10. i call bs on faith is more powerful than a loaded gun in any setting. plus i'm glad it wasn't book of exodus because that tells you to buy slaves from the heathen around you and how they let you beat them so we should get rid of the bible not make sure it's passed on. also if faith can lead you to true things and false things is it a good tool for finding truth? and no the book will ruin your empire even if it is good or bad.

  11. I never knew Vanilla Sky was hated I always thought it was loved. I loved it. As for the book of Eli. I enjoyed alot of it. I didn't like the ending and I also HATED the ridiculous ad placement throughout the movie. It was so obvious it was distracting which is crazy in a supposedly post apocalyptic world. I'm thinking of the long scene that constantly focused, zoomed in onto the not old-looking KFC wet wipe. For some reason that really took me out the the film. It was entertaining and had some great scenes but overall it was not more than a 6/10.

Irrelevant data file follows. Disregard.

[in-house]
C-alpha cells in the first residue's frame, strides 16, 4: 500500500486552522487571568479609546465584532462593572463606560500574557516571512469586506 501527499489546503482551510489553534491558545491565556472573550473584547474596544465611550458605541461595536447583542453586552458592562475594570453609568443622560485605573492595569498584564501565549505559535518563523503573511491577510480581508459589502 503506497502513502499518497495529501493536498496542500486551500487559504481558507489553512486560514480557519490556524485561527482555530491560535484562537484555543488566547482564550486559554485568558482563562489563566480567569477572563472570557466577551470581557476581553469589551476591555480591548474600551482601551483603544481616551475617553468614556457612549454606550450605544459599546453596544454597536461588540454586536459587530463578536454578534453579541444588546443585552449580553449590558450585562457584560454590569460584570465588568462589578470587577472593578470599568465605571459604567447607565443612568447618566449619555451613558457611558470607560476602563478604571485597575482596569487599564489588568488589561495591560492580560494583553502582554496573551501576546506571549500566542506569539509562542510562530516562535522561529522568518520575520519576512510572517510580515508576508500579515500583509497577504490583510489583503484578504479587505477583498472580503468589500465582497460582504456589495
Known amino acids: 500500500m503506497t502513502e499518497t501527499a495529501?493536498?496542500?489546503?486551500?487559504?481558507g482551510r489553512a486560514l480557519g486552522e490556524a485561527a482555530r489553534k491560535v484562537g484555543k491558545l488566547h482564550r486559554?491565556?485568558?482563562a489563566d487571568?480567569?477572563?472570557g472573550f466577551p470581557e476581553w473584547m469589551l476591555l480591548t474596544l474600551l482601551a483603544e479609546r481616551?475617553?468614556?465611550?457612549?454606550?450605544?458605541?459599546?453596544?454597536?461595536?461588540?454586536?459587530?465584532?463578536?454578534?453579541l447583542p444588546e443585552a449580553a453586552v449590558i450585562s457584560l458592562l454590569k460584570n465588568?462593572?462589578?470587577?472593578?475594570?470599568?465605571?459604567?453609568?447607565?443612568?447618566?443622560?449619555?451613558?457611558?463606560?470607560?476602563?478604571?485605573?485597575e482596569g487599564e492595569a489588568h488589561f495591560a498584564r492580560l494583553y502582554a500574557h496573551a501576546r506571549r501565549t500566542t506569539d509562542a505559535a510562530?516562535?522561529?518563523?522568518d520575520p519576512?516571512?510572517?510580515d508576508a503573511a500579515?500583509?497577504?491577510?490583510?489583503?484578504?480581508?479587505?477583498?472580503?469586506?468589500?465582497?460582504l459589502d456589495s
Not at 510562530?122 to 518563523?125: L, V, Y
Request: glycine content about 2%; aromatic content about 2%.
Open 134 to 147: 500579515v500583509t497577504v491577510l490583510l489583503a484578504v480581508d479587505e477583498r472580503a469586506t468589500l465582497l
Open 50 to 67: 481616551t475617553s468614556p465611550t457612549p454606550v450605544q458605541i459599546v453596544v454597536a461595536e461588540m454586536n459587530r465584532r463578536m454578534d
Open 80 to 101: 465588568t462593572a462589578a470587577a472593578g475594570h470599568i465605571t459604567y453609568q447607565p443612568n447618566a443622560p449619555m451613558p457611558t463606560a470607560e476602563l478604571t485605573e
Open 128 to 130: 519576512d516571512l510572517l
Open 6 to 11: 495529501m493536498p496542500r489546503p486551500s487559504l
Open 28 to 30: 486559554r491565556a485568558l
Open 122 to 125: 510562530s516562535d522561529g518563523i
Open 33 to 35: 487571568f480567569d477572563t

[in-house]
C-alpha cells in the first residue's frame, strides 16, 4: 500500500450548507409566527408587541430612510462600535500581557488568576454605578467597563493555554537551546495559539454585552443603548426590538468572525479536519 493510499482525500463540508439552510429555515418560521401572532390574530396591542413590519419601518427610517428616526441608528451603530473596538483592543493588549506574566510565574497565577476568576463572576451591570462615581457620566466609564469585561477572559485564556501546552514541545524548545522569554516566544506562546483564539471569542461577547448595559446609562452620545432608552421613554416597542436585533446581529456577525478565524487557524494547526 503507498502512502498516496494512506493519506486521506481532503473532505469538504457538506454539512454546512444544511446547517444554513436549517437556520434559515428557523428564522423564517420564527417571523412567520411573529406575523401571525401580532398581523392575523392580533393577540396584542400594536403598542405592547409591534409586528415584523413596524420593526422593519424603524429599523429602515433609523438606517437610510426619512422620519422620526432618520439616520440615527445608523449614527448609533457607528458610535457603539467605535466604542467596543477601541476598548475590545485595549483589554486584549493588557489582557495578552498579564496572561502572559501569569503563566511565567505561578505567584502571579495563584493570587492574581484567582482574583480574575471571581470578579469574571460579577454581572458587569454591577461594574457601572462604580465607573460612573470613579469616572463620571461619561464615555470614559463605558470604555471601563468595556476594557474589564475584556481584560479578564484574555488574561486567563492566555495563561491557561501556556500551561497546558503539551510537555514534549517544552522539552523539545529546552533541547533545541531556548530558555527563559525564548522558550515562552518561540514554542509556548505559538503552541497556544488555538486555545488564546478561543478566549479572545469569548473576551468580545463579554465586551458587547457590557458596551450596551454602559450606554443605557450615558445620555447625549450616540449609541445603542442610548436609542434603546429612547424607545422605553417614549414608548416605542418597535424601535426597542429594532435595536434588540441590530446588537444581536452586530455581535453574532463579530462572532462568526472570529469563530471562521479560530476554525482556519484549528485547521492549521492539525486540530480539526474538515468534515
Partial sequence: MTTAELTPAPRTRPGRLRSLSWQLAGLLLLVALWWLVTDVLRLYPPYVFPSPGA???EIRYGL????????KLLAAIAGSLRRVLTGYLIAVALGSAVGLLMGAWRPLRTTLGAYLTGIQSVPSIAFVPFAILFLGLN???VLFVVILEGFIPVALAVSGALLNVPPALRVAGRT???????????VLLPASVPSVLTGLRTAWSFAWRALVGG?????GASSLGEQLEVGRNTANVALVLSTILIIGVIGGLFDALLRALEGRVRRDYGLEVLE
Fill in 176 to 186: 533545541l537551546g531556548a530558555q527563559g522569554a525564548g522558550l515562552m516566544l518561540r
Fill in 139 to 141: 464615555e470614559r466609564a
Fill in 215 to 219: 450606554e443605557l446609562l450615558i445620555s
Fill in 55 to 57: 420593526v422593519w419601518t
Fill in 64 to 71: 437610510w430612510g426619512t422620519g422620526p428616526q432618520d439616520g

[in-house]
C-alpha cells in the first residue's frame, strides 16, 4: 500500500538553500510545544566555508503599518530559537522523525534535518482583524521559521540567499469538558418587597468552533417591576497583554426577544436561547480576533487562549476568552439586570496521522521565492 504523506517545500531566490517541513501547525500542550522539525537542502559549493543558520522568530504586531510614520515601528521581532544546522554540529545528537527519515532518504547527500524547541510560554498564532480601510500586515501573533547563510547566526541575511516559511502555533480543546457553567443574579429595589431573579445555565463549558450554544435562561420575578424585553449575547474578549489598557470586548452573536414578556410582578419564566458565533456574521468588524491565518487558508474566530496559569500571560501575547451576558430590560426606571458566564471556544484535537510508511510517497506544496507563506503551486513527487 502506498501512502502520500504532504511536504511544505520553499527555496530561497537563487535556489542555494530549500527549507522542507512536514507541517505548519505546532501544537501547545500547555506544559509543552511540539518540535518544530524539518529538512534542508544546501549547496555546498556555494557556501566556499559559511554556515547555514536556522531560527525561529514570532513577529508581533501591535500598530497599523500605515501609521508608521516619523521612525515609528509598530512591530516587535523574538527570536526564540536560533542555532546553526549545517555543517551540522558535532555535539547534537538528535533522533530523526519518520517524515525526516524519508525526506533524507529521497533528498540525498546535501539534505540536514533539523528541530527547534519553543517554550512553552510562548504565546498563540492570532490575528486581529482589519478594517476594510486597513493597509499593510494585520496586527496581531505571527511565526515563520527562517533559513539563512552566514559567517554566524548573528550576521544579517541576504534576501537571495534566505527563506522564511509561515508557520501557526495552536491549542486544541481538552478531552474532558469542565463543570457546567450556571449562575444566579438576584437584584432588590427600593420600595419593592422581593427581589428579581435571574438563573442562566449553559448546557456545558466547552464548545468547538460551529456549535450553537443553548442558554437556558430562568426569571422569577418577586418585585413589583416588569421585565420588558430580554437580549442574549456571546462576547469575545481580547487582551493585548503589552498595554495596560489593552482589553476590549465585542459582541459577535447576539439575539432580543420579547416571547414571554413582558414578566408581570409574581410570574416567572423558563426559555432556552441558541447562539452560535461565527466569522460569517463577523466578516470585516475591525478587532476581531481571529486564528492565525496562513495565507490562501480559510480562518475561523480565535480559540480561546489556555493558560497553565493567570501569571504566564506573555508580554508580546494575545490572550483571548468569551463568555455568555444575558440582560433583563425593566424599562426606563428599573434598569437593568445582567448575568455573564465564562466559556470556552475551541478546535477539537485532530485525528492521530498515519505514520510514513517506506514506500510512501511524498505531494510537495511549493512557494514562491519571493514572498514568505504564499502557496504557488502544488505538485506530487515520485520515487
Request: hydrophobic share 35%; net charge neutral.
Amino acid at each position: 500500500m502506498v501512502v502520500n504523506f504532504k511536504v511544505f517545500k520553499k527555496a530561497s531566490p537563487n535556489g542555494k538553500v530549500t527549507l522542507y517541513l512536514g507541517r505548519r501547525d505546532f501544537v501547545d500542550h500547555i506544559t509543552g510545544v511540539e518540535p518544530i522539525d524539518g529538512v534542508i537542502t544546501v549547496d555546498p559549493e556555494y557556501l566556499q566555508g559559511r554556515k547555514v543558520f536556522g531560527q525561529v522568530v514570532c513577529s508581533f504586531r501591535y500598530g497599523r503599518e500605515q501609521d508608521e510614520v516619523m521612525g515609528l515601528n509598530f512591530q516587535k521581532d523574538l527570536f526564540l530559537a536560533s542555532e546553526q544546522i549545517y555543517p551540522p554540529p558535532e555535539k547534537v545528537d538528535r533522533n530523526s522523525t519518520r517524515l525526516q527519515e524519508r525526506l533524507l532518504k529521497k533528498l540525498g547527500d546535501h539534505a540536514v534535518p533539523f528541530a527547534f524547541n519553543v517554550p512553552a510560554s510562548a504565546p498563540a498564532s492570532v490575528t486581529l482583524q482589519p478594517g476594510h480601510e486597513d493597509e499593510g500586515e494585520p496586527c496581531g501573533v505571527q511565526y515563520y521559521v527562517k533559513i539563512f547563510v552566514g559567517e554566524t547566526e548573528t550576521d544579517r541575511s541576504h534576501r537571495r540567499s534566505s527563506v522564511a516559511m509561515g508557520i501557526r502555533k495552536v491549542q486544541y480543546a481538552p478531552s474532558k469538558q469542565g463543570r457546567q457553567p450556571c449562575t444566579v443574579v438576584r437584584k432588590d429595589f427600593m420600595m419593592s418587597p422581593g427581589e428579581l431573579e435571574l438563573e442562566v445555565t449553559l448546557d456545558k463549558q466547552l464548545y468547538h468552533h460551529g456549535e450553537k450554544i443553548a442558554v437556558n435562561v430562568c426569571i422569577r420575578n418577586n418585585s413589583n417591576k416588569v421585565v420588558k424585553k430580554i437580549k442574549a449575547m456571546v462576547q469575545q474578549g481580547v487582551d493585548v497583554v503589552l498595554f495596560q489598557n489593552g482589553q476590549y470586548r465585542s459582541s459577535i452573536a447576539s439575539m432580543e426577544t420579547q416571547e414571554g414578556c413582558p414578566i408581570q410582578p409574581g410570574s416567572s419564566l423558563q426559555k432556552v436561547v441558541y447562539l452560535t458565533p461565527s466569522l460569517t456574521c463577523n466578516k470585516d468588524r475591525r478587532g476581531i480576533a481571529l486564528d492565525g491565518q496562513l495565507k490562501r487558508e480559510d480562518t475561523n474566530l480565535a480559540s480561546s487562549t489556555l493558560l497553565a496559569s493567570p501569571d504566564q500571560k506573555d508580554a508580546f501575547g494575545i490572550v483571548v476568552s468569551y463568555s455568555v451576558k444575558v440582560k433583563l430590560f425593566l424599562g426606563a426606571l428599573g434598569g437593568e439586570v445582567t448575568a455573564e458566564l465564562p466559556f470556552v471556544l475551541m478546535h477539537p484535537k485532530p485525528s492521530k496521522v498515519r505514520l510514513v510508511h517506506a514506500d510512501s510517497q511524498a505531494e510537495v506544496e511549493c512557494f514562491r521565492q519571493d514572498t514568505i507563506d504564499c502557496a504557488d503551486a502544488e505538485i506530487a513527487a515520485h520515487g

12. Nicolas Cage isn't that bad, but best are those, that show that torturers of animals and humanbeings are scizophrenics as are psychiatrists and scientists and primitivs, who don't feel disgusted by sadistically mistreating animals, and humanbeings in making even fun of the vulnerable, the empathic, the tortured and abused and terrorised by the brutality, primitivitism and sadism surrounding and the misuse of force and power, brutality and sadism, the torturers of animals and humanbeings are even proud of and even brag about, as if it were fun to them, which it seems to be.

  13. The first 4 fast and furious movies… Still cant believe that the highest tomato score in the franchise is from Furious 7… Every movie including it and after is absolutely terrible and do not deserve their high ass ratings, as the first 4 all deserve 80+ %

  14. The book of Eli is a very unrated movie and the twist is very unexpected because it's a movie that doesn't give you the impression it has one.